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Dr. Jack West is a medical oncologist and thoracic oncology specialist, and Executive Director of Employer Services at the City of Hope Comprehensive Cancer Center in Duarte, CA.

Long-Term Risk with Adjuvant Chemo
Fri, 07/11/2008 - 19:07
Howard (Jack) West, MD, Associate Clinical Professor, Medical Oncology, Executive Director, Employer Services, Founder, President and CEO of GRACE

Over the past few years, the role of post-operative, also known as adjuvant, chemo has become increasingly accepted as a standard of care. Several trials have shown an improvement in survival at about 5 years that is in the 5-15% range for recipients of chemo. However, the evidence indicates that the people at higher risk receive more benefit, as you'd expect: the risks of chemo are the same no matter what stage cancer someone has, but if the chemo reduces the recurrence rate by a similar fraction for everyone, the person with a 60% risk of recurrent cancer is going to benefit far more than the person with a 25% risk of recurrence. And many of our trials have failed to show a benefit for patients with resected stage I NSCLC, at least for those with cancers smaller than about 4 cm.

I think many oncologists and patients think of adjuvant chemotherapy as either helping significantly or not helping significantly. But there is some limited evidence that demonstrates that some people really may be harmed by chemo, either during the time of chemo, or perhaps more distantly in the future. For instance, I described early work (prior post here) on a marker called ERCC-1 that is correlated with resistance to cisplatin (low expression is associated with sensitivity to cisplatin-based chemo and better outcomes after adjuvant chemo, while high expression is associated with resistance to cisplatin-based chemo and worse outcomes). In fact, that large subset analysis showed that patients who showed high ERCC-1 expression -- a pattern of resistance -- actually did modestly worse than patients who were observed and received no chemo. So it may not just be that we need to understand better who is going to benefit more and who will benefit less, but rather that we need to predict better because the ones we aren't helping we may actually be harming. We can overtreat as well as undertreat.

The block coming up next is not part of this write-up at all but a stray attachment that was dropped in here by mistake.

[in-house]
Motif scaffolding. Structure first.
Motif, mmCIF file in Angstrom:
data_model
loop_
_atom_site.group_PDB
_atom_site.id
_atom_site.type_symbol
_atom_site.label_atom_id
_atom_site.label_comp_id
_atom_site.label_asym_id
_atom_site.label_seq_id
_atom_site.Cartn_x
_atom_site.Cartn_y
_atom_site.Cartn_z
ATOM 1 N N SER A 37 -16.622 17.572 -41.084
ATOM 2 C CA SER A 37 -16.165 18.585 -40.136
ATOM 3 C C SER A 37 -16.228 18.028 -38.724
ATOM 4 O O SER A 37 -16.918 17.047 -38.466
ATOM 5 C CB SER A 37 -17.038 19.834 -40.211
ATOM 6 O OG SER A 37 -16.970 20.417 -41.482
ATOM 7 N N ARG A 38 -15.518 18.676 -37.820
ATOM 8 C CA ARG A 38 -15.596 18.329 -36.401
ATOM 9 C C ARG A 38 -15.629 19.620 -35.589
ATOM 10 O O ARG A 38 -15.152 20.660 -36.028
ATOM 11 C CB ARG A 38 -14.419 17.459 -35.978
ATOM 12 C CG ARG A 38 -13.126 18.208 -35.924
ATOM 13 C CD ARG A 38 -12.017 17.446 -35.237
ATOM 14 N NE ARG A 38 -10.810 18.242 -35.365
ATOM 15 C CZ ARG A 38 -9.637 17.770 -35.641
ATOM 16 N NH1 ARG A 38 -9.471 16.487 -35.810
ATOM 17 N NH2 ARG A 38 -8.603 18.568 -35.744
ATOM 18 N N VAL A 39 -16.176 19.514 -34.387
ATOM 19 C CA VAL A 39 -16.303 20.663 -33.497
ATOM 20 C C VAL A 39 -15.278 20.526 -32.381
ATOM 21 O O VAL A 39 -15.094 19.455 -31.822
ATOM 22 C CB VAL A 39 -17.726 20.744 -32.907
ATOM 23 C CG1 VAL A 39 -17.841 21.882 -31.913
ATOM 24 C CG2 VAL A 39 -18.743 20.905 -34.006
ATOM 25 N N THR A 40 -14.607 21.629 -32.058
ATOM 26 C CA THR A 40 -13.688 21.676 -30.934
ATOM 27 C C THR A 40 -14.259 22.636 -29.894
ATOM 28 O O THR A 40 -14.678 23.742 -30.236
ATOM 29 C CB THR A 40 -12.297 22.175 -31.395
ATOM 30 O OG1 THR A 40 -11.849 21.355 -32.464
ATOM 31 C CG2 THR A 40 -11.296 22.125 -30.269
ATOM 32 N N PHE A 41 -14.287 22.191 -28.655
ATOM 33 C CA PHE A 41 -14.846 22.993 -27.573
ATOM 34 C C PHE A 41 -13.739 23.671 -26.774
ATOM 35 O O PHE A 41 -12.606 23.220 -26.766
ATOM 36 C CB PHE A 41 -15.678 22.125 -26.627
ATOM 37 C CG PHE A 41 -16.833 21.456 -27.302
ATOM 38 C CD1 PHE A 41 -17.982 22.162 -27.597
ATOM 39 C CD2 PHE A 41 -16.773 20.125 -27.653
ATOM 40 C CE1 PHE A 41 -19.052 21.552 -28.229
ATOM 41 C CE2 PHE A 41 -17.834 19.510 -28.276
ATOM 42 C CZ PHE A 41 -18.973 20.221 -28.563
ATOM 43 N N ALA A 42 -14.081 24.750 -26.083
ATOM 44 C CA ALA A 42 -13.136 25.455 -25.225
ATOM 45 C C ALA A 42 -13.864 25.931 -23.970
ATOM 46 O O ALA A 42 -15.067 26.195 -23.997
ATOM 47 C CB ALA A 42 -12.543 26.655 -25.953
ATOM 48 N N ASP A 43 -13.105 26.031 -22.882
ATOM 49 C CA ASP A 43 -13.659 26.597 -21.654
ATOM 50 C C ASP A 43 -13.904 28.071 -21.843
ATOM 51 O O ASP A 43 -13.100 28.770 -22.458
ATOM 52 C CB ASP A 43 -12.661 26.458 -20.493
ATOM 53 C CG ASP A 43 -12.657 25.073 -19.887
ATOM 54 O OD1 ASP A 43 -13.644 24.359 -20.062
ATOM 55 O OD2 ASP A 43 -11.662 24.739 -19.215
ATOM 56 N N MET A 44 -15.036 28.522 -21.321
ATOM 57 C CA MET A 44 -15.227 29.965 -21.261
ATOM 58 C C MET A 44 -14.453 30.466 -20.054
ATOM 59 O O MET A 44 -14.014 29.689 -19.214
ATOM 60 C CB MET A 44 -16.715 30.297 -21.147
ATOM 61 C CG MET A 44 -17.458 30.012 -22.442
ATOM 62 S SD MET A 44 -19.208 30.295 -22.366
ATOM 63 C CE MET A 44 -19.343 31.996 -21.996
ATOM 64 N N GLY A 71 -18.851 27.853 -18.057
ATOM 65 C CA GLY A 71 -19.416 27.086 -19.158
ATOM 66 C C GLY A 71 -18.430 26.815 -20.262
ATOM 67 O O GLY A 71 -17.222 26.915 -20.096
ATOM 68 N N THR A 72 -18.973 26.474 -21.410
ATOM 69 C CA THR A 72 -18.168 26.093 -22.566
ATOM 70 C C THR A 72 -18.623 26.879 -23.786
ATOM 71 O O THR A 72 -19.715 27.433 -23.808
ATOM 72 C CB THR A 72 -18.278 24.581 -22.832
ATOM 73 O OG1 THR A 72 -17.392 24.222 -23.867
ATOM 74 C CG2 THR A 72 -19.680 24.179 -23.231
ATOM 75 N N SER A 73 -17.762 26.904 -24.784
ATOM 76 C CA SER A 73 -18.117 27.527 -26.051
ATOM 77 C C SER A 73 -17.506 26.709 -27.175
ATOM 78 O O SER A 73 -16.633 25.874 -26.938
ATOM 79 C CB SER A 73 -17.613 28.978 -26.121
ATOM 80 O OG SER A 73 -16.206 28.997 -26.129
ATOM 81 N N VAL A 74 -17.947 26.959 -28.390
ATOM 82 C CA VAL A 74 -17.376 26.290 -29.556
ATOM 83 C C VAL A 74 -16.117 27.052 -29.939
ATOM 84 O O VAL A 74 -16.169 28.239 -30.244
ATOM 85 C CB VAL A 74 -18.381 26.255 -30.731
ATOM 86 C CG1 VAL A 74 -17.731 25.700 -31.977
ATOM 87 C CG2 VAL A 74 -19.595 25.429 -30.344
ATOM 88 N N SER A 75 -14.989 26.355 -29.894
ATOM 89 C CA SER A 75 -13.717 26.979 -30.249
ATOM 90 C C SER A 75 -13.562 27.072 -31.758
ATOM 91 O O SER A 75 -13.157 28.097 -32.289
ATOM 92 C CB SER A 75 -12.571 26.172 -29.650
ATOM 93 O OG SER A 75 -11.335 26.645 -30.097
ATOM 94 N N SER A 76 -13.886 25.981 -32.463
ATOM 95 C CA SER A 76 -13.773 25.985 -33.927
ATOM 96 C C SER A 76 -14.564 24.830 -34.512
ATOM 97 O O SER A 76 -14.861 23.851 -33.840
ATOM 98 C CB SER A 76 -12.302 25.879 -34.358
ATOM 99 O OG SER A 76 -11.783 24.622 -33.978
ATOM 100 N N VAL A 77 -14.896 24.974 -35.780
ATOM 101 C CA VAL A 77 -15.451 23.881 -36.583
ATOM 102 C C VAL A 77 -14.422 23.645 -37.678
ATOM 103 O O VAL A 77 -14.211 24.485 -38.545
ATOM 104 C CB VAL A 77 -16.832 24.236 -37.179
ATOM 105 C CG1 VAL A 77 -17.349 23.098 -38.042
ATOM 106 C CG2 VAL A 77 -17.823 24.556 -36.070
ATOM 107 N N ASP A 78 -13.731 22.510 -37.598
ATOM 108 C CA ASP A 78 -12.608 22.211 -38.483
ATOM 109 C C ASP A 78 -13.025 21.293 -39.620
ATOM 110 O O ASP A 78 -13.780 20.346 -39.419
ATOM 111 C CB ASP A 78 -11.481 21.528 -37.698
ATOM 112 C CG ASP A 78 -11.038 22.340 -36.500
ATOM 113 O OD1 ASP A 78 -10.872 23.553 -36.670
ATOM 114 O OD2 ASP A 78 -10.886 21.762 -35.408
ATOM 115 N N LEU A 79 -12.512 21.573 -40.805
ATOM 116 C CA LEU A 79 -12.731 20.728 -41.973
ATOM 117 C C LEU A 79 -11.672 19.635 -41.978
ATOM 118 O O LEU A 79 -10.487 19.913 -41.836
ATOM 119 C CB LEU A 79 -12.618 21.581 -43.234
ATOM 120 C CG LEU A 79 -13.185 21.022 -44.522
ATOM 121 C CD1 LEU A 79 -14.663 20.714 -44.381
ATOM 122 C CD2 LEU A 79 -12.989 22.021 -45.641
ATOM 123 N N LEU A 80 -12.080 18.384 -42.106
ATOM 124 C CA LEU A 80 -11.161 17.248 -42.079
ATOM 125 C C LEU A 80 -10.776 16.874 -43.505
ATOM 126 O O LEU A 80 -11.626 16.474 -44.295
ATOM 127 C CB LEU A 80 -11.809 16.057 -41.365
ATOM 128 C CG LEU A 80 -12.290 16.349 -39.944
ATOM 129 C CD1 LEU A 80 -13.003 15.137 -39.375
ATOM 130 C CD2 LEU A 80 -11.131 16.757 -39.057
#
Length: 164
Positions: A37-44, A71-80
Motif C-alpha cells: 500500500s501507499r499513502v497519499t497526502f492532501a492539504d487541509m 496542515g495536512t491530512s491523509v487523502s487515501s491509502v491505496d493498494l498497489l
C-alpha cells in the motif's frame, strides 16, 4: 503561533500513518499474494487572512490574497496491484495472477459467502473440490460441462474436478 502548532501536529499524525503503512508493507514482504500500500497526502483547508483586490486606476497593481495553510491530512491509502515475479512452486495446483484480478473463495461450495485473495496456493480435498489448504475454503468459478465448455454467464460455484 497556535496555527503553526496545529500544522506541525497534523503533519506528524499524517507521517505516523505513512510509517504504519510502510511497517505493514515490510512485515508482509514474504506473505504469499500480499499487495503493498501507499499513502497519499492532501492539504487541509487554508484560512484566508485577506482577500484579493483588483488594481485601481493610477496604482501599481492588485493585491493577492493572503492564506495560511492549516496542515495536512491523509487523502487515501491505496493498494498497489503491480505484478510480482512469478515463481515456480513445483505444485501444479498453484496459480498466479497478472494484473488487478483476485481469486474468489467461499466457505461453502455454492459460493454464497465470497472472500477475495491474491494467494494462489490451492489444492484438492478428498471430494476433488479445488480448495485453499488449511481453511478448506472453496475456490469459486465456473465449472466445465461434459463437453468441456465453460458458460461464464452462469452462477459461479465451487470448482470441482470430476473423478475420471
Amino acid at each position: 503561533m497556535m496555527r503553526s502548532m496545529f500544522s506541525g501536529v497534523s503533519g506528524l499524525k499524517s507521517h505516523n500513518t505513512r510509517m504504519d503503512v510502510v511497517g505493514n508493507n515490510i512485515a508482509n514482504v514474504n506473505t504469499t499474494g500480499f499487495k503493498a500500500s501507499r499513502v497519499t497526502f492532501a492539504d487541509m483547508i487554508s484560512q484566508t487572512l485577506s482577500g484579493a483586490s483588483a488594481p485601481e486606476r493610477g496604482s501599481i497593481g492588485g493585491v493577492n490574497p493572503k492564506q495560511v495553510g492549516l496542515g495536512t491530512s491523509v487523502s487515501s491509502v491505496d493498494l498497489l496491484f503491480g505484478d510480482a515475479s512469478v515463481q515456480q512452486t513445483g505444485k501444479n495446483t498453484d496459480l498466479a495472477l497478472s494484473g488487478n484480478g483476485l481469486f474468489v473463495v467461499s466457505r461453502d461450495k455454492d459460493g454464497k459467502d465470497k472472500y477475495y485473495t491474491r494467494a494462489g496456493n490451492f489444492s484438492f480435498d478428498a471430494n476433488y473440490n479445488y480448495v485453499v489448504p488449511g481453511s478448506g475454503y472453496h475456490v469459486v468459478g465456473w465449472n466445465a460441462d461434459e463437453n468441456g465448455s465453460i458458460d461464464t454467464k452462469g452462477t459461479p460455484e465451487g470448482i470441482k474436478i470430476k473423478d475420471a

In fact, one of the more interesting presentations at ASCO on the subject of lung cancer was a report of the eight year follow-up of patients on the International Adjuvant Lung Trial, or IALT. This was presented initially at the plenary session at ASCO 5 years ago (abstract here), where we saw the first convincing evidence of a survival benefit from post-operative chemo, and then it was published in the New England Journal of Medicine (abstract here) as a new standard of care. It enrolled 1867 patients with resected stage I to stage IIIA NSCLC to receive post-operative observation alone or any of 4 cisplatin-based chemotherapy regimens:

IALT schema